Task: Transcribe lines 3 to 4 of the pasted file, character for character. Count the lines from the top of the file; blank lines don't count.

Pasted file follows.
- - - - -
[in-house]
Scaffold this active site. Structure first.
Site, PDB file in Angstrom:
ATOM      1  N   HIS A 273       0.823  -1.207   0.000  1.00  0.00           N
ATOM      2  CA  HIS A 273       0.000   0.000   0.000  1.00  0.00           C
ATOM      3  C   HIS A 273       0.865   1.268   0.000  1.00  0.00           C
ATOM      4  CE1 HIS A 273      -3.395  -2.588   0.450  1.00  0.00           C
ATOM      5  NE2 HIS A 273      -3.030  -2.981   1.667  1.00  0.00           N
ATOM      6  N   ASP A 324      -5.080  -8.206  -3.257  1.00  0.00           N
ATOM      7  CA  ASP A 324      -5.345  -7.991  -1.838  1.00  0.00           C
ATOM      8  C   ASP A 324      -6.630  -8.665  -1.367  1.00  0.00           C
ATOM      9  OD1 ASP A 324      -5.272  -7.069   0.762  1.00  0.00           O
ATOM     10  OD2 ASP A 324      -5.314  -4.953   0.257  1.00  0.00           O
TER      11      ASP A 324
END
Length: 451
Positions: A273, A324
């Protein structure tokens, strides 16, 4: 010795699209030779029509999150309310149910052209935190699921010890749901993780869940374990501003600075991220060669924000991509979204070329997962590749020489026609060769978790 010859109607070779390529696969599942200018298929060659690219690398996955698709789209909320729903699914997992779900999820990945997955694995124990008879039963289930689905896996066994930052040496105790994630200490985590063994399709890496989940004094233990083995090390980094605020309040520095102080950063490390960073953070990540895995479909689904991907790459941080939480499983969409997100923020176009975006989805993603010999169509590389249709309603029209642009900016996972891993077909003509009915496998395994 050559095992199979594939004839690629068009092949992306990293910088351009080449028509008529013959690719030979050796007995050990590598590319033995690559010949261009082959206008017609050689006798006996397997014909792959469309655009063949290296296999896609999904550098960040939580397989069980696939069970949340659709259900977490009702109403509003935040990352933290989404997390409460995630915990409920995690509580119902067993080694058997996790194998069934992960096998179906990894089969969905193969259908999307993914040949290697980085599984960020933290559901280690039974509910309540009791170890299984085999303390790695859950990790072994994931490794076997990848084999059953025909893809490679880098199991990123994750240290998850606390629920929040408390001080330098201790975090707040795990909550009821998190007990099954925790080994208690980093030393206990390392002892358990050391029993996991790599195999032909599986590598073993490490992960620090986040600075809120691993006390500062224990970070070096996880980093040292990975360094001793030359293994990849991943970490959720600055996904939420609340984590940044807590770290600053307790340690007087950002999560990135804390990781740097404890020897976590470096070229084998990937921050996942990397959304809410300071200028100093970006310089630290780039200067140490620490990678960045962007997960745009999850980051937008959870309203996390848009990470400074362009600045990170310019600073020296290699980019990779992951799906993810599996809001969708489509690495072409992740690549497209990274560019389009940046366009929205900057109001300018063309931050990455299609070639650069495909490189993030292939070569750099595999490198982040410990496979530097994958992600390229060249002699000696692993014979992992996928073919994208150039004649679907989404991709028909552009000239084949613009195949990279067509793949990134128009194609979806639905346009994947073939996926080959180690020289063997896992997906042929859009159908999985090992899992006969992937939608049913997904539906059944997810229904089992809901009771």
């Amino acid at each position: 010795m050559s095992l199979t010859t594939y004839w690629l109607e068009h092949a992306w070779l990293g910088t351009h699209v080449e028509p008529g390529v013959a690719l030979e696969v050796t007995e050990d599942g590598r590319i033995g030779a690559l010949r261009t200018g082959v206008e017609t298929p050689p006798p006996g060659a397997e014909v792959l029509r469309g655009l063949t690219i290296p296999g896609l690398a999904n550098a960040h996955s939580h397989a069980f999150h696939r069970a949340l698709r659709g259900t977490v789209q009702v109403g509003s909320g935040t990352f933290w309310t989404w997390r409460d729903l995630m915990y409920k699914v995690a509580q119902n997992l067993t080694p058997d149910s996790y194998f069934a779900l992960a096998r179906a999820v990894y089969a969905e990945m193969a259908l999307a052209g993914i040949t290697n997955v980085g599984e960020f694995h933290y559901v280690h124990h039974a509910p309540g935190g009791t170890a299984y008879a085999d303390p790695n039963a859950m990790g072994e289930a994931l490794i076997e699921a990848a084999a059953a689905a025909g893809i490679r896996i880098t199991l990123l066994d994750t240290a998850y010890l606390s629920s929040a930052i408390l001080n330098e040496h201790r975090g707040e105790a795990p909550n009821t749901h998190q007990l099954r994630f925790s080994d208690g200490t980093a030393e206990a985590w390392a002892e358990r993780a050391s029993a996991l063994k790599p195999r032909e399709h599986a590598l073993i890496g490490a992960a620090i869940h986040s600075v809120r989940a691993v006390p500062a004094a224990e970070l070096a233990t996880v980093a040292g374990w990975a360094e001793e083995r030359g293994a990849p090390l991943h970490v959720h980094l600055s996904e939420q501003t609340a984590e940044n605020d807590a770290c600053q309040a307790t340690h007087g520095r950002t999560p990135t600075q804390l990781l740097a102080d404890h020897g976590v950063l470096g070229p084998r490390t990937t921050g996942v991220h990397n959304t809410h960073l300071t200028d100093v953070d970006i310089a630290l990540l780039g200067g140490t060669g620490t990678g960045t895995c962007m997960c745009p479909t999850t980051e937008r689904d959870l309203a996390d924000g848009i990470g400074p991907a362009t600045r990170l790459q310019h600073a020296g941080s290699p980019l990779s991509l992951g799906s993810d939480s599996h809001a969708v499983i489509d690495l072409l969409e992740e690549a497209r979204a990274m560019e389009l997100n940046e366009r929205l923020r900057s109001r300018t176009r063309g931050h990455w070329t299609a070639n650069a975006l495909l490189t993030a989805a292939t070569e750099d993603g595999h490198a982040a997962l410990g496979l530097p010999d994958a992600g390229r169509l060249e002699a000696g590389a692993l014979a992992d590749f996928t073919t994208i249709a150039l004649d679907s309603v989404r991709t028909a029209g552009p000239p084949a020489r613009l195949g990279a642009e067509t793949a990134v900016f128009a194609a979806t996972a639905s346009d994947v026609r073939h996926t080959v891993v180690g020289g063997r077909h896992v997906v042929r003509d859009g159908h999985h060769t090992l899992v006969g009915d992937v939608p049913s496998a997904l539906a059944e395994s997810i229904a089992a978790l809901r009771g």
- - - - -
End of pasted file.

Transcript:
Site, PDB file in Angstrom:
ATOM      1  N   HIS A 273       0.823  -1.207   0.000  1.00  0.00           N